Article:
On Nov 3, 2012, at 12:27 PM, Robert Hansen <firstname.lastname@example.org> wrote:
> I have nothing against real world problems. I majored in physics. How much more real world does mathematics get than that? What I have a problem with is when the course is (allegedly) about real world problems yet there is no mathematical development. No theory of quantity. I especially have a problem when the title of the course is "Algebra". It never bothered me before when they titled the course "Math for Daily Living".
And let me add. These alleged real world problem courses get so screwed up because the authors think like Dehaene. They think there is some magical innate sense that is being suppressed and can be released if we would only stop teaching the math and let the children discover it on their own. With calculators.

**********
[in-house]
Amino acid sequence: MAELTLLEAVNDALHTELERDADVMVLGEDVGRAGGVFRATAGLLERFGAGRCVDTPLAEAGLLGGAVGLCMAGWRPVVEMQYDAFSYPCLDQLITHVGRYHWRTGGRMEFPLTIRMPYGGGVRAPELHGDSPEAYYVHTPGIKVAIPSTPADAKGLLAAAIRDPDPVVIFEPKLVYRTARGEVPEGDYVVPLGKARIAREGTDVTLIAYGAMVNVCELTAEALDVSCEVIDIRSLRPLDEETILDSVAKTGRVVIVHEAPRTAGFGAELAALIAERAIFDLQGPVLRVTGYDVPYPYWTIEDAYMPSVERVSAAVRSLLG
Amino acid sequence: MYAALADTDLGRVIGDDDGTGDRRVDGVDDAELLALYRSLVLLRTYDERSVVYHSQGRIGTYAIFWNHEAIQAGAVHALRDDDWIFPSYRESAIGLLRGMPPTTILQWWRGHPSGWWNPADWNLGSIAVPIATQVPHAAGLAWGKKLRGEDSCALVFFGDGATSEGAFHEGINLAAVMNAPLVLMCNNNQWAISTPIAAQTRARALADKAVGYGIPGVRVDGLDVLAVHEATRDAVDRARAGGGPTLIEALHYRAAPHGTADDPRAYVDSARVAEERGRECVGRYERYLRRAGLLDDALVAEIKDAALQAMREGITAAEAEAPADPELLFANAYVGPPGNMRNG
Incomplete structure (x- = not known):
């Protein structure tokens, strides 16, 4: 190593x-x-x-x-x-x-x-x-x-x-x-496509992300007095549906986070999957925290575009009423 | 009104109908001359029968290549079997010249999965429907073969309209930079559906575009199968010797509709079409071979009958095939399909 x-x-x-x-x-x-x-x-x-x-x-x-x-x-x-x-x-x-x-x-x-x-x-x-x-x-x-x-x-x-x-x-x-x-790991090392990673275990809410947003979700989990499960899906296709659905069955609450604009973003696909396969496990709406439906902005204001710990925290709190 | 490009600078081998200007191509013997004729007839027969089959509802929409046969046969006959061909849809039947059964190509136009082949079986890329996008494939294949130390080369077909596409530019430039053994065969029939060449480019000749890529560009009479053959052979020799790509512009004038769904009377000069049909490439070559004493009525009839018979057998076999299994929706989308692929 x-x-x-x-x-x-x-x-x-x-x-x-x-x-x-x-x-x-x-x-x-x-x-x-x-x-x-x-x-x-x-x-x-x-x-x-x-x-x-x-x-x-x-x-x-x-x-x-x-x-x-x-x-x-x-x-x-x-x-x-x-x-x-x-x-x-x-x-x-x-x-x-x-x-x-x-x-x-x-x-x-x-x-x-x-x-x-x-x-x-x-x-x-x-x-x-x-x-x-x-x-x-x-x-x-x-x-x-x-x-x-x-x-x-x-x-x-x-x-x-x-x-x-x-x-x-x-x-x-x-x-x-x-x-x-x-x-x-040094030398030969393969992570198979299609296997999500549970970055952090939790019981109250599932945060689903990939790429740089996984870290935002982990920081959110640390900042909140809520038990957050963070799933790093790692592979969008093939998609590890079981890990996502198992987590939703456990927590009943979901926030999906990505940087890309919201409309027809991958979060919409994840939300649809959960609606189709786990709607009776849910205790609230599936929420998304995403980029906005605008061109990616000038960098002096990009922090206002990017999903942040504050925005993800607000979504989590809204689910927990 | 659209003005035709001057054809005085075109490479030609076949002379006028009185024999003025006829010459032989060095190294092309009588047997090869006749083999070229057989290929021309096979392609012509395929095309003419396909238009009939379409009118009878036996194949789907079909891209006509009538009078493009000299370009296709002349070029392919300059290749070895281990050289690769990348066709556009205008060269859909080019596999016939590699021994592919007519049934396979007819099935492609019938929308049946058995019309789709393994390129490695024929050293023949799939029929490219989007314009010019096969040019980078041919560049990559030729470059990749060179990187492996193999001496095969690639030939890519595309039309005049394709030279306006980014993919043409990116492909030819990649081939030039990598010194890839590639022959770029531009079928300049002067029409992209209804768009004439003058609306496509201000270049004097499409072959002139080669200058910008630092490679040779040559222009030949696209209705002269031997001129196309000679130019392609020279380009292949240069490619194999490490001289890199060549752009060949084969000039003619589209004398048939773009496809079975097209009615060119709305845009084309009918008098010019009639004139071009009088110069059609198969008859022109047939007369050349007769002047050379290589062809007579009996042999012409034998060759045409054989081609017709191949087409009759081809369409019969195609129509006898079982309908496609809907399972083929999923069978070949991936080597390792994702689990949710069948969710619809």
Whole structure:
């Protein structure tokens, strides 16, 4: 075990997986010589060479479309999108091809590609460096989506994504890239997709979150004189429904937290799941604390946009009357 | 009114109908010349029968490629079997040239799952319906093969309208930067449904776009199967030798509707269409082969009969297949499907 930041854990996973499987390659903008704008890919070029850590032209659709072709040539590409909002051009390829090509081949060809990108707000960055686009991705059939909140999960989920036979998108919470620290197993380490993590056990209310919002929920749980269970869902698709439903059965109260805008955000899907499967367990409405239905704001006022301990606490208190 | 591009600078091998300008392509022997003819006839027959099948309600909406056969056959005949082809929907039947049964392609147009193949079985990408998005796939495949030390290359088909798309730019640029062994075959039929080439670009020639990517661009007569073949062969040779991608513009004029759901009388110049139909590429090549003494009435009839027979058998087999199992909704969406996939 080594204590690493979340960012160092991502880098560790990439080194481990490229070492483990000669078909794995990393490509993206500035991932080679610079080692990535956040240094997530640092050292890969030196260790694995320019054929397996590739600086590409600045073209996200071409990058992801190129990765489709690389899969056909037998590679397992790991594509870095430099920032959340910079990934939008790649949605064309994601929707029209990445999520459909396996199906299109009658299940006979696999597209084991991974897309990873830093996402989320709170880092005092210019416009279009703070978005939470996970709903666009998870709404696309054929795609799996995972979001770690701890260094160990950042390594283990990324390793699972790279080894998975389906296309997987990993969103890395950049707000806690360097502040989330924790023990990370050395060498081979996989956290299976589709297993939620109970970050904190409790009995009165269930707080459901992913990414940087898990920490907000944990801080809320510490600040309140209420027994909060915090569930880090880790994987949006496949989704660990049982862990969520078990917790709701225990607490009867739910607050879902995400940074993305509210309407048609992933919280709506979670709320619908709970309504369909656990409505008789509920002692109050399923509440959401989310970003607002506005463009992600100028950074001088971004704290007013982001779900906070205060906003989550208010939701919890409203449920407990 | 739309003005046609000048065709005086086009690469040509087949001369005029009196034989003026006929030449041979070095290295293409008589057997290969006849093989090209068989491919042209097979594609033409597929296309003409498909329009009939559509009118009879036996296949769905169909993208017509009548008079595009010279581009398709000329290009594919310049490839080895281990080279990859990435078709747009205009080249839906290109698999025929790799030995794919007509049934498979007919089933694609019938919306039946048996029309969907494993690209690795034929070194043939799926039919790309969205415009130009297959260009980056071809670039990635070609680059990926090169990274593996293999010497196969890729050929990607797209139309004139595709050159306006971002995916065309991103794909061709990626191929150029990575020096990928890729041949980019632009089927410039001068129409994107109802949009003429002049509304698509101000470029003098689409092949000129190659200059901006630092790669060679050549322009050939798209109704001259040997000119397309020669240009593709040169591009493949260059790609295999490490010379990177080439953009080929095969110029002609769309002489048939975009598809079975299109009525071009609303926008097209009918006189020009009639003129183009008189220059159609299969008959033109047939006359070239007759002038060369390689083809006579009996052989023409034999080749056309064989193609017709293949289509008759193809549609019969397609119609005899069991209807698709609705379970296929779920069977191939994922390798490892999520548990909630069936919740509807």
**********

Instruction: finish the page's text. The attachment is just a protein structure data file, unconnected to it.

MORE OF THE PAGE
"The calculator is like a road map for the number line. Give a calculator to a five-year-old, and you will teach him how to make friends with numbers instead of despising them. There are so many fascinating regularities to be discovered about arithmetic. Even the most elementary of them looks like pure magic to children."
Dehaene, Stanislas (1999-12-09). The Number Sense: How the Mind Creates Mathematics (Kindle Locations 2597-2599). Oxford University Press - A. Kindle Edition.
Sort of reminds me of Jehovah's Witnesses keeping medical care from their children.